View Full Version : Art Movements-Sept-The Fauves

09-01-2009, 08:03 AM
September Art Movement...THE FAUVES 1869-1954

This month we are dealing with a lot of color...so please join in. Make a copy of one of the posted paintings or explore and find another you'd rather do. Maybe another artist that is a Fauve and not mentioned. How about one of your own, in the spirit of? Any medium you want. Have fun.


From the Web Museum:



Between 1901 and 1906, several comprehensive exhibitions were held in Paris, making the work of Vincent van Gogh, Paul Gauguin, and Paul Cézanne widely accessible for the first time. For the painters who saw the achievements of these great artists, the effect was one of liberation and they began to experiment with radical new styles. Fauvism was the first movement of this modern period, in which color ruled supreme.

The advent of Modernism if often dated by the appearance of the Fauves in Paris at the Salon d'Automne in 1905. Their style of painting, using non-naturalistic colors, was one of the first avant-garde developments in European art. They greatly admired van Gogh, who said of his own work: ``Instead of trying to render what I see before me, I use color in a completely arbitrary way to express myself powerfully''. The Fauvists carried this idea further, translating their feelings into color with a rough, almost clumsy style. Matisse was a dominant figure in the movement; other Fauvists included Vlaminck, Derain, Marquet, and Rouault. However, they did not form a cohesive group and by 1908 a number of painters had seceded to Cubism.

Fauvism was a short-lived movement, lasting only as long as its originator, Henri Matisse (1869-1954), fought to find the artistic freedom he needed. Matisse had to make color serve his art, rather as Gauguin needed to paint the sand pink to express an emotion. The Fauvists believed absolutely in color as an emotional force. With Matisse and his friends, Maurice de Vlaminck (1876-1958) and André Derain (1880-1954), color lost its descriptive qualities and became luminous, creating light rather than imitating it. They astonished viewers at the 1905 Salon d'Automne: the art critic Louis Vauxcelles saw their bold paintings surrounding a conventional sculpture of a young boy, and remarked that it was like a Donatello ``parmi les fauves'' (among the wild beasts). The painterly freedom of the Fauves and their expressive use of color gave splendid proof of their intelligent study of van Gogh's art. But their art seemed brasher than anything seen before.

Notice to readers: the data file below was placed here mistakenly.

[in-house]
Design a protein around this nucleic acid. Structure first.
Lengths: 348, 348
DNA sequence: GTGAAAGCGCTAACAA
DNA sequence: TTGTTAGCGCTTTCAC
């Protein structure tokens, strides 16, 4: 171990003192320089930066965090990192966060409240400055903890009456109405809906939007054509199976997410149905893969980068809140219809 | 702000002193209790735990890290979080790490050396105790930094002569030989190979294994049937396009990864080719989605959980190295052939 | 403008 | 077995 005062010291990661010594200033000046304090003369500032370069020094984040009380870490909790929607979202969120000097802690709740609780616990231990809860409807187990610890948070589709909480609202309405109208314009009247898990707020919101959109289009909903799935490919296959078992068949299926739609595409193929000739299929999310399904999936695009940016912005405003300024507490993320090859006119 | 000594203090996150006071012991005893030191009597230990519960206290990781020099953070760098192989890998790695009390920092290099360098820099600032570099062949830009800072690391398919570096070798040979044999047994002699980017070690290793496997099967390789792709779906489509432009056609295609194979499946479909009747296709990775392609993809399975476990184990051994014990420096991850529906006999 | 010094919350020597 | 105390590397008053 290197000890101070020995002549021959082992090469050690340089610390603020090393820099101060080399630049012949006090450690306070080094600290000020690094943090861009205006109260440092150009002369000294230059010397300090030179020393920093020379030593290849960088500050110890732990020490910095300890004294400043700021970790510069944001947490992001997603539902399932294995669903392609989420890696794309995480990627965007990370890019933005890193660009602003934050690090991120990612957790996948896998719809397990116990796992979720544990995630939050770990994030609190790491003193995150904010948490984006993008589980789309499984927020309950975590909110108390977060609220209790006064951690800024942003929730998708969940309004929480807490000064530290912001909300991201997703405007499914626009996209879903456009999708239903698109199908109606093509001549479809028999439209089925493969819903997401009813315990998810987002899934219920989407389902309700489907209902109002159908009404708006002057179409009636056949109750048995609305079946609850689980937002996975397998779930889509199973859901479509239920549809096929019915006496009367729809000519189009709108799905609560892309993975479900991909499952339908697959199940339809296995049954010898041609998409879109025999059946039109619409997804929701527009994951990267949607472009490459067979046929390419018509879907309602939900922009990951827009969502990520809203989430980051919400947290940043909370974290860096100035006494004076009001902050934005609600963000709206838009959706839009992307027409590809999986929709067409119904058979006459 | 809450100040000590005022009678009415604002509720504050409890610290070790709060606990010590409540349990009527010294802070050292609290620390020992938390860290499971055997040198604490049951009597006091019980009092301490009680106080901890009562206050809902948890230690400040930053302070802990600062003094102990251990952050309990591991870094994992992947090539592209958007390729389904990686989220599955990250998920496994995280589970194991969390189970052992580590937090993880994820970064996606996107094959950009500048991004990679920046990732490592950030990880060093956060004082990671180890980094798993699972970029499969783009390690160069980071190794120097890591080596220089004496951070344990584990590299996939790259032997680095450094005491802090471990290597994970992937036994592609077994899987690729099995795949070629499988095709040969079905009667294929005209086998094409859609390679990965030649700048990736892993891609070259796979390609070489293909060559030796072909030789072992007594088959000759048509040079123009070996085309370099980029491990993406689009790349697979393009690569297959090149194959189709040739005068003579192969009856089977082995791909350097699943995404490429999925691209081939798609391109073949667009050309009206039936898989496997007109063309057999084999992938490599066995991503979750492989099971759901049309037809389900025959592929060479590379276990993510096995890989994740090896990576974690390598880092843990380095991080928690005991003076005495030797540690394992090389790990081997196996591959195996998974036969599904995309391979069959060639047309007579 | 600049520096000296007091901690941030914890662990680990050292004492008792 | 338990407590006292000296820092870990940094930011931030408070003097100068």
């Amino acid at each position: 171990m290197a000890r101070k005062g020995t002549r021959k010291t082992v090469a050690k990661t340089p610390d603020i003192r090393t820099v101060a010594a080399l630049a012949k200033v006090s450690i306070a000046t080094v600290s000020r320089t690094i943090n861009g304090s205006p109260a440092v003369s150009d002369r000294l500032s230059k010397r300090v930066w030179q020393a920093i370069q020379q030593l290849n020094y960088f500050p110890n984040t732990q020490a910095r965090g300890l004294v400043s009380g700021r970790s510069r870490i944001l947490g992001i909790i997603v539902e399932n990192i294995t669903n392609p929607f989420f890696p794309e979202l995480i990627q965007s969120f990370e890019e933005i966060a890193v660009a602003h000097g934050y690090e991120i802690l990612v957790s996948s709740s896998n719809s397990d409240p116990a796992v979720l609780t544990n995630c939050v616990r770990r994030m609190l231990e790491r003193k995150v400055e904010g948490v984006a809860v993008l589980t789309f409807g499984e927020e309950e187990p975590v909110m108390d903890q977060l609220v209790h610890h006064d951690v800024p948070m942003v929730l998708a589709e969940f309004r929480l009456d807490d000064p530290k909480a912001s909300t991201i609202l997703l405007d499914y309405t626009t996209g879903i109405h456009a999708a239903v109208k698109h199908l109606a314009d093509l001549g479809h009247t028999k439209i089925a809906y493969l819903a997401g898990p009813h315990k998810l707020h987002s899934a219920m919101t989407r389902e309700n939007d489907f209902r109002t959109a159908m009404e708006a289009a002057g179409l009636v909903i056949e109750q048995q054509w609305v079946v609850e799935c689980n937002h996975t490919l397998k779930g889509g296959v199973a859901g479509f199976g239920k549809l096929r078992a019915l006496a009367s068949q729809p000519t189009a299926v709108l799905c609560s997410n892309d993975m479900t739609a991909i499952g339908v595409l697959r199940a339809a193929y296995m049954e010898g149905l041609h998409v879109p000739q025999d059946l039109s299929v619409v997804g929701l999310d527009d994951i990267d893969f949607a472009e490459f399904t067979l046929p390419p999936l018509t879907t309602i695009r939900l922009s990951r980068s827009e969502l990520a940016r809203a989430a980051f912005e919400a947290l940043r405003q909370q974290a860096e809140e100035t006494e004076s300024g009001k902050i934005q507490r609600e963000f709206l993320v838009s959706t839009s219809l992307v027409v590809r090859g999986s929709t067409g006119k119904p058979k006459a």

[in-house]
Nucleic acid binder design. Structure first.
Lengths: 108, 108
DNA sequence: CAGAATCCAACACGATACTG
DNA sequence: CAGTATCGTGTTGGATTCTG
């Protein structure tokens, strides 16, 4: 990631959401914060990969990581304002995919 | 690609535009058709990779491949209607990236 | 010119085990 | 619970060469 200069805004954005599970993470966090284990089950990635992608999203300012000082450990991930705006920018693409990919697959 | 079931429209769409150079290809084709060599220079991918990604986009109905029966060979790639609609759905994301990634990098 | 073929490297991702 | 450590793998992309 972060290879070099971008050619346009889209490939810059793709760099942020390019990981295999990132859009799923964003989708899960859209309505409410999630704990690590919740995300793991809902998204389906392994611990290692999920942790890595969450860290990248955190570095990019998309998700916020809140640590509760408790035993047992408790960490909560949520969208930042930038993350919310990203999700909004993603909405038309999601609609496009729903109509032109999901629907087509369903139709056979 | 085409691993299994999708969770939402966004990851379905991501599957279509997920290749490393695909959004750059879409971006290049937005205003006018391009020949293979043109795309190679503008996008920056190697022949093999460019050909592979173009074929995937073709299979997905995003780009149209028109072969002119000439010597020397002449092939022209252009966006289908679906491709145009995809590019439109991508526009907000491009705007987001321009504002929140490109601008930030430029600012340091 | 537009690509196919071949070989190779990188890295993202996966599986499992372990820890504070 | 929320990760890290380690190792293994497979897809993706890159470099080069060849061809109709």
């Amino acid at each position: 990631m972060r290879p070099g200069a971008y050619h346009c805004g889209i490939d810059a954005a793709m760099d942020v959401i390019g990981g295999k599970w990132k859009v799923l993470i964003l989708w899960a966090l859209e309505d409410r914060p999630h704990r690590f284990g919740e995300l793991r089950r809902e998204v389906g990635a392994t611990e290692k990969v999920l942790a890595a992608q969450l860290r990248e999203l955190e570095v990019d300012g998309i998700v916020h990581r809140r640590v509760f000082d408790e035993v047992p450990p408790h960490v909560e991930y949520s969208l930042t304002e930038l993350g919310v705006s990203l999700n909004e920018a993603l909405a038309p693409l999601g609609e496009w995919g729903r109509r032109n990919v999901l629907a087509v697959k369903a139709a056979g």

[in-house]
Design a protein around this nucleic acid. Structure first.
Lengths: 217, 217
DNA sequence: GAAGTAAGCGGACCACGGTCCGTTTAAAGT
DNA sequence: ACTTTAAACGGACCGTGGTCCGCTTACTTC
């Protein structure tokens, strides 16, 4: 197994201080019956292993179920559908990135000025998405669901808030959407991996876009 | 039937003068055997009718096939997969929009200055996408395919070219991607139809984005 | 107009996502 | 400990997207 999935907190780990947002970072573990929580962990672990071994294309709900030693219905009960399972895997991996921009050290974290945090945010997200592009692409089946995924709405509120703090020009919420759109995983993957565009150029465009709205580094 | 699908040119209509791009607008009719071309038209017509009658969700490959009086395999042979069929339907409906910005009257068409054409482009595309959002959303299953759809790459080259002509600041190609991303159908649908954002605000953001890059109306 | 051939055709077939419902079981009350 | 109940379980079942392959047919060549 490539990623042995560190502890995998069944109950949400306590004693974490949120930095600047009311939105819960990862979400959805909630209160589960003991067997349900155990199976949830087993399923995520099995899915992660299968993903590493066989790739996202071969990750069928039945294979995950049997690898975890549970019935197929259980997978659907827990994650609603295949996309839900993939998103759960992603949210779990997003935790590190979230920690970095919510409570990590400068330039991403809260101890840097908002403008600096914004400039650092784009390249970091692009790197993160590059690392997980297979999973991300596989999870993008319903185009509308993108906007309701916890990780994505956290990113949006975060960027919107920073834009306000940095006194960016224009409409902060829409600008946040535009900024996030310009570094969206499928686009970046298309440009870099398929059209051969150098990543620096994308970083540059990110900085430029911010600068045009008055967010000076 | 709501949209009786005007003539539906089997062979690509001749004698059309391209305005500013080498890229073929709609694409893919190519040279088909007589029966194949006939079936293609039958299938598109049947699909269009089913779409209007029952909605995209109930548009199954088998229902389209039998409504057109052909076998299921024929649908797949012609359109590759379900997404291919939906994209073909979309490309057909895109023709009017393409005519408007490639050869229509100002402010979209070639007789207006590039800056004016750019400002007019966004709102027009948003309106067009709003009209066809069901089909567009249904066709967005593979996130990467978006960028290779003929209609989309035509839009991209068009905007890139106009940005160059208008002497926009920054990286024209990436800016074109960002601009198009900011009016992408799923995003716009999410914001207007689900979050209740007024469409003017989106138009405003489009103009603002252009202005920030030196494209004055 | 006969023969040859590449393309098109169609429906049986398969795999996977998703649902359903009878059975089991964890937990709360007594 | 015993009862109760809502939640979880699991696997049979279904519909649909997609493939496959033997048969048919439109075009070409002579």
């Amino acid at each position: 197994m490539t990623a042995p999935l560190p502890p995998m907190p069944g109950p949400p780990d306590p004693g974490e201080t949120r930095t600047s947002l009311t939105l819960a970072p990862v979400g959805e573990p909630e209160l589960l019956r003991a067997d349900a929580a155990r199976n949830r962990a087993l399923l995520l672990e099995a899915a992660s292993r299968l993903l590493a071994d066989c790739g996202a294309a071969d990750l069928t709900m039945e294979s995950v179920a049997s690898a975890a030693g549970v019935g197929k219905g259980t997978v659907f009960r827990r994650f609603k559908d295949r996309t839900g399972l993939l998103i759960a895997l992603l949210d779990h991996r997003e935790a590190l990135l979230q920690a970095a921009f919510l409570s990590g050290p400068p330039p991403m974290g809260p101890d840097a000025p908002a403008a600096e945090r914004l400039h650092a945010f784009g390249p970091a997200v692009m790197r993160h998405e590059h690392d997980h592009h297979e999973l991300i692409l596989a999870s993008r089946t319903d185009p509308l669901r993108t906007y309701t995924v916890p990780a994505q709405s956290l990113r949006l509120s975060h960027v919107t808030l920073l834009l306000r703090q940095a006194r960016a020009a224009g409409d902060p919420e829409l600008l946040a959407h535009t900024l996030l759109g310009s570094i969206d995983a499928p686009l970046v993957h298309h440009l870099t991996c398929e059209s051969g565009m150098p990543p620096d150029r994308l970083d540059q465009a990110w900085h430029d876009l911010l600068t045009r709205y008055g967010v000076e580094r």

During its brief flourishing, Fauvism had some notable adherents, including Rouault, Dufy, and Braque. Vlaminck had a touch of his internal moods: even if The River (c. 1910; 60 x 73 cm (23 1/2 x 28 3/4 in)) looks at peace, we feel a storm is coming. A self-professed ``primitive'', he ignored the wealth of art in the Louvre, preferring to collect the African masks that became so important to early 20th-century art.

Derain also showed a primitive wildness in his Fauve period-- Charing Cross Bridge (1906; 80 x 100 cm (32 x 39 in)) bestrides a strangely tropical London-- though as he aged he quenched his fire to a classic calm. He shared a studio with Vlaminck for a while and The River and Charing Cross Bridge seem to share a vibrant power: both reveal an unselfconscious use of color and shape, a delight in the sheer patterning of things. This may not be profound art but it does give visual pleasure.


LINKS...http://en.wikipedia.org/wiki/Fauvism and Utube


09-01-2009, 08:22 AM

Henri Matisse and Andre Derain are considered the artists who started this movement.



Open Window

ANDRE DERAIN 1880-1954

Portrait of Matisse



09-01-2009, 08:41 AM

RAOUL DUFY 1877-1953 http://en.wikipedia.org/wiki/Raoul_Du

Sail Boats



KEES van DONGEN 1877-1968 http://en.wikipedia.org/wiki/Kees_van_Dongen



09-01-2009, 09:00 AM

MAURICE de VLAMINCK 1876-1958 http://en.wikipedia.org/wiki/Maurice_de_Vlaminck

Woman in Hat

Red Field

MARGUERITE ZORACH 1887-1968 http://en.wikipedia.org/wiki/Marguerite_Zorach

Seated Woman


Fishing Dock

ALBERT MARQUET 1875-1947 http://en.wikipedia.org/wiki/Albert_Marquet



09-01-2009, 09:11 AM

GEORGES BRAQUE 1882-1963 http://en.wikipedia.org/wiki/Georges_Braque

He moved on to cubism, but lingered with The Fauves for a while.



There are other artist's images on Utube. See link on first post.
If anyone has an opinion or more info on this movement, please post.


09-01-2009, 09:18 AM
OOOPS! Fauvism ended around 1908, and I have 1954...the year Matisse died. Sorry about that :lol:

09-01-2009, 11:05 AM
I Am So Looking Forward To Studying The Fauves.:clap:

The utube videos are a great introduction to this art movement.

Thanks for a lovely intro with great pix.:thumbsup:

09-01-2009, 08:07 PM
Yes, The Fauves should be fun...all that wonderful color. I had to stick a woman Fauvist in as well, they are so under appreciated as artists. "Loading Dock" is my favorite painting of this group. :heart:

09-02-2009, 12:26 AM
Ooh, lots of good pieces here. They are so colorful!!! This is as good as the Aschan one! Thank you, Janet, for all the references! I'll be so busy!!

09-04-2009, 03:01 PM
Copy after van Dongen.


09-04-2009, 03:18 PM
LG...too wonderful! :) :) :) :) :)

09-05-2009, 12:53 PM
Just superb, Lawrence. I love those eyes...you can see the sky and the sea in them...yummy.

09-05-2009, 03:52 PM
What a wonderful subject. I would love to try my hand at painting in this style. Hope I can download some things and then be able to upload the results. Could go along nicely with my current History of Modern Art class.

09-05-2009, 04:05 PM
Lawrence - Love your color choices and I look forward to seeing more.:clap:

09-05-2009, 06:52 PM
Hi, Schicchi...Glad you stopped by. Please join us at being Fauves, at least for a month. You might like one of our other threads as well.

Hope to see some of your work soon.....Janet :cool:

09-06-2009, 12:52 AM
I love bold colours!

9x12" fluid acrylics:

9x12" soft pastels:

9x12" oil pastels

9x12" oil pastels

9x12" oil pastels


09-06-2009, 03:10 PM
Oh, I plan to join you definitely. I printed out three inspirational paintings to work from, though I probably won't have anything worked on until next week or so.

09-06-2009, 03:12 PM
Eyepaint - I LOVE that camel!!

09-06-2009, 03:54 PM
Schicchi - thanks :)

09-06-2009, 04:54 PM
Eyepaint, the one I like most is the elephant--amazing how that combination of colours can make it look so fluorescent.